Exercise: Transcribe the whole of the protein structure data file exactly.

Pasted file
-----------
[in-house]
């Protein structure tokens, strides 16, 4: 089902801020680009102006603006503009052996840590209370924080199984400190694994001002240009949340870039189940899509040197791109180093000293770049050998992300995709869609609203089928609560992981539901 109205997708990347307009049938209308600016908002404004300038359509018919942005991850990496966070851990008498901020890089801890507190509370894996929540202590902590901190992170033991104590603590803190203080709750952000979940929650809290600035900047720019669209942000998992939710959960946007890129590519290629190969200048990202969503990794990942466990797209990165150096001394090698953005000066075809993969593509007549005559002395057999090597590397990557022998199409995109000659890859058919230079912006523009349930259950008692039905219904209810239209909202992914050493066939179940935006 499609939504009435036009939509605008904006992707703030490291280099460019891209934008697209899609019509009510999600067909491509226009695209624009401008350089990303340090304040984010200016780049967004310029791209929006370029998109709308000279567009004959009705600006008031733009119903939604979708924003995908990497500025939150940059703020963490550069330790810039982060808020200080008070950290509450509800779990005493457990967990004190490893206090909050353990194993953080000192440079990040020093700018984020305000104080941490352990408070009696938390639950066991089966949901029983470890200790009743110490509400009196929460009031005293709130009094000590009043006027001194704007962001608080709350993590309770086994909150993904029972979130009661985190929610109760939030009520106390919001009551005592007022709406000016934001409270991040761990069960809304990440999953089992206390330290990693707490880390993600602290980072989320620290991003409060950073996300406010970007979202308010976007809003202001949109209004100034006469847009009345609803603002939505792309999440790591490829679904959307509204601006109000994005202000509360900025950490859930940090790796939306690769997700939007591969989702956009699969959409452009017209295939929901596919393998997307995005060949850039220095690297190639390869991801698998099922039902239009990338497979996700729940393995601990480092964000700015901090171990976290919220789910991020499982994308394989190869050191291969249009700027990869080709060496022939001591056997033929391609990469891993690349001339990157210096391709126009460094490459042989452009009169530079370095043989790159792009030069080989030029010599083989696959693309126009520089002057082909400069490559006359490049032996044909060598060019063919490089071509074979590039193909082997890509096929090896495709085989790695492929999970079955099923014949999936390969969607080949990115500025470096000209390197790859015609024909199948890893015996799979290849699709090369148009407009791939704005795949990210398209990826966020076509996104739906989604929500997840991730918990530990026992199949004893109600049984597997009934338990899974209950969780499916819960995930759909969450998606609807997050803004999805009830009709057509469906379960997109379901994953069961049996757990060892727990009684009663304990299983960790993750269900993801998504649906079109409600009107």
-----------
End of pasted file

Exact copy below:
[in-house]
């Protein structure tokens, strides 16, 4: 089902801020680009102006603006503009052996840590209370924080199984400190694994001002240009949340870039189940899509040197791109180093000293770049050998992300995709869609609203089928609560992981539901 109205997708990347307009049938209308600016908002404004300038359509018919942005991850990496966070851990008498901020890089801890507190509370894996929540202590902590901190992170033991104590603590803190203080709750952000979940929650809290600035900047720019669209942000998992939710959960946007890129590519290629190969200048990202969503990794990942466990797209990165150096001394090698953005000066075809993969593509007549005559002395057999090597590397990557022998199409995109000659890859058919230079912006523009349930259950008692039905219904209810239209909202992914050493066939179940935006 499609939504009435036009939509605008904006992707703030490291280099460019891209934008697209899609019509009510999600067909491509226009695209624009401008350089990303340090304040984010200016780049967004310029791209929006370029998109709308000279567009004959009705600006008031733009119903939604979708924003995908990497500025939150940059703020963490550069330790810039982060808020200080008070950290509450509800779990005493457990967990004190490893206090909050353990194993953080000192440079990040020093700018984020305000104080941490352990408070009696938390639950066991089966949901029983470890200790009743110490509400009196929460009031005293709130009094000590009043006027001194704007962001608080709350993590309770086994909150993904029972979130009661985190929610109760939030009520106390919001009551005592007022709406000016934001409270991040761990069960809304990440999953089992206390330290990693707490880390993600602290980072989320620290991003409060950073996300406010970007979202308010976007809003202001949109209004100034006469847009009345609803603002939505792309999440790591490829679904959307509204601006109000994005202000509360900025950490859930940090790796939306690769997700939007591969989702956009699969959409452009017209295939929901596919393998997307995005060949850039220095690297190639390869991801698998099922039902239009990338497979996700729940393995601990480092964000700015901090171990976290919220789910991020499982994308394989190869050191291969249009700027990869080709060496022939001591056997033929391609990469891993690349001339990157210096391709126009460094490459042989452009009169530079370095043989790159792009030069080989030029010599083989696959693309126009520089002057082909400069490559006359490049032996044909060598060019063919490089071509074979590039193909082997890509096929090896495709085989790695492929999970079955099923014949999936390969969607080949990115500025470096000209390197790859015609024909199948890893015996799979290849699709090369148009407009791939704005795949990210398209990826966020076509996104739906989604929500997840991730918990530990026992199949004893109600049984597997009934338990899974209950969780499916819960995930759909969450998606609807997050803004999805009830009709057509469906379960997109379901994953069961049996757990060892727990009684009663304990299983960790993750269900993801998504649906079109409600009107």